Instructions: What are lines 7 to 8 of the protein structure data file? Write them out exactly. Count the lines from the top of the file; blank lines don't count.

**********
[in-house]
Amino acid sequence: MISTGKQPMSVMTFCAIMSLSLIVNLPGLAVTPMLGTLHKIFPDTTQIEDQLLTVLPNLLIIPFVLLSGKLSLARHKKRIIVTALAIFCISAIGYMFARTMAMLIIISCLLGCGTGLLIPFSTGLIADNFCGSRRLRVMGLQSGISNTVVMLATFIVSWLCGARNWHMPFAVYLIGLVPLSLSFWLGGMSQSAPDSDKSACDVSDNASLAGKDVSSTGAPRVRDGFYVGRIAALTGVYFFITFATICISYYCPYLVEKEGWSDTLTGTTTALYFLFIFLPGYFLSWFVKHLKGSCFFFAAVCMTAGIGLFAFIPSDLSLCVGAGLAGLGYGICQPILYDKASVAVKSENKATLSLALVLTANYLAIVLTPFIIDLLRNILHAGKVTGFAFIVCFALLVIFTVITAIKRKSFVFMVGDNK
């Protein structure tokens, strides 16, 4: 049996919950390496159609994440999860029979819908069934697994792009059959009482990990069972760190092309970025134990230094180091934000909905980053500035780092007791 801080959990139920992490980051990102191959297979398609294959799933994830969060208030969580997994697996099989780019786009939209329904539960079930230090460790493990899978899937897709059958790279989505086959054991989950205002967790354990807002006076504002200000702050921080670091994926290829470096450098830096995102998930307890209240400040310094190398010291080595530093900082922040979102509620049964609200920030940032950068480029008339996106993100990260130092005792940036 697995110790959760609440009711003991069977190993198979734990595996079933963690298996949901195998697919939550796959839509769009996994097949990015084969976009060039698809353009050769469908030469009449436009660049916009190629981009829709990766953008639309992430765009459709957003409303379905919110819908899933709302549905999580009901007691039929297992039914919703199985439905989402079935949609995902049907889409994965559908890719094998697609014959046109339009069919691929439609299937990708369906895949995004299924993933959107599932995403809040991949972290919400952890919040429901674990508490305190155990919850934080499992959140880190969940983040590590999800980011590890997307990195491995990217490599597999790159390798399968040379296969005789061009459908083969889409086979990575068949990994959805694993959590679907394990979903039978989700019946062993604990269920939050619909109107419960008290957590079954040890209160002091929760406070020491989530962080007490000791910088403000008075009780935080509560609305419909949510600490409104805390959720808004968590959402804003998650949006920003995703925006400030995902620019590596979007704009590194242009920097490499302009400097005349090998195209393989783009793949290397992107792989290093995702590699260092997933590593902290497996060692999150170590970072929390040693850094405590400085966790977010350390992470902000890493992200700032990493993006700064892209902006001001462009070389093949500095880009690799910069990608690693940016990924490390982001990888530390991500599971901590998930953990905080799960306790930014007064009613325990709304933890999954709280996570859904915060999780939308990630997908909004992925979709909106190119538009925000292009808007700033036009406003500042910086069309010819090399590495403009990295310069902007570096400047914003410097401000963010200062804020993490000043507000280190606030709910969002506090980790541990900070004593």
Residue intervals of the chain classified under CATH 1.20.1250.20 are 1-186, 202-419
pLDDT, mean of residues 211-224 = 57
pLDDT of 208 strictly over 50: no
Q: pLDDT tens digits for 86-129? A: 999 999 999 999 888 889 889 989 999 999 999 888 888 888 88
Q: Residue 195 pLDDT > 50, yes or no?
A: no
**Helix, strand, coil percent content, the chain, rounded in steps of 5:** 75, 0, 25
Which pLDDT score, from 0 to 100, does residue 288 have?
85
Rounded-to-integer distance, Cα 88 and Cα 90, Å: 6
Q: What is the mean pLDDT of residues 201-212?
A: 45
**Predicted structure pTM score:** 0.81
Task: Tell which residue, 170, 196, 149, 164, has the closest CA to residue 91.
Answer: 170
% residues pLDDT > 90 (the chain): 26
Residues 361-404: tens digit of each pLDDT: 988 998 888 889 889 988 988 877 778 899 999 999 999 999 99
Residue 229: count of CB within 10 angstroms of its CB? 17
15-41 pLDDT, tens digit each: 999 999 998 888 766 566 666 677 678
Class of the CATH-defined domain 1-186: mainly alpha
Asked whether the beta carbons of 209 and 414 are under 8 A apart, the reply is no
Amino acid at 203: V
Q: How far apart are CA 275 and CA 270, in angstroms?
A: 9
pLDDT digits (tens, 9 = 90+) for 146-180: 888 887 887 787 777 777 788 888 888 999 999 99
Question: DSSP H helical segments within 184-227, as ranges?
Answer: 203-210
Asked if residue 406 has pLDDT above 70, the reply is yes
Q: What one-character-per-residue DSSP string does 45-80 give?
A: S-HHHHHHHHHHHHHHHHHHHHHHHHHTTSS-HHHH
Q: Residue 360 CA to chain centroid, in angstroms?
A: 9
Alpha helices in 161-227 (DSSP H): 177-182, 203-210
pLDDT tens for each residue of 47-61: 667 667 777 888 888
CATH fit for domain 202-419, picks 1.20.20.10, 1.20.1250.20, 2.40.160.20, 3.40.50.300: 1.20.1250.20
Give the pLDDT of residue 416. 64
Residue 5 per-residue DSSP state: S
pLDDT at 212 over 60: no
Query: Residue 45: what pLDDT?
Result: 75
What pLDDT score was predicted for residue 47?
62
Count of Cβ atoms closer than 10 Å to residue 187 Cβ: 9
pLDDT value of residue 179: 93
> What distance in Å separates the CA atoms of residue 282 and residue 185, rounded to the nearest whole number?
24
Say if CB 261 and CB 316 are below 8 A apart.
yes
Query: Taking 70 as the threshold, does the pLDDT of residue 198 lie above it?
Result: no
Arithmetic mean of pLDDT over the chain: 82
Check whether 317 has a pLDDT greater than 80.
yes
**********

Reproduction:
Q: pLDDT tens digits for 86-129? A: 999 999 999 999 888 889 889 989 999 999 999 888 888 888 88
Q: Residue 195 pLDDT > 50, yes or no?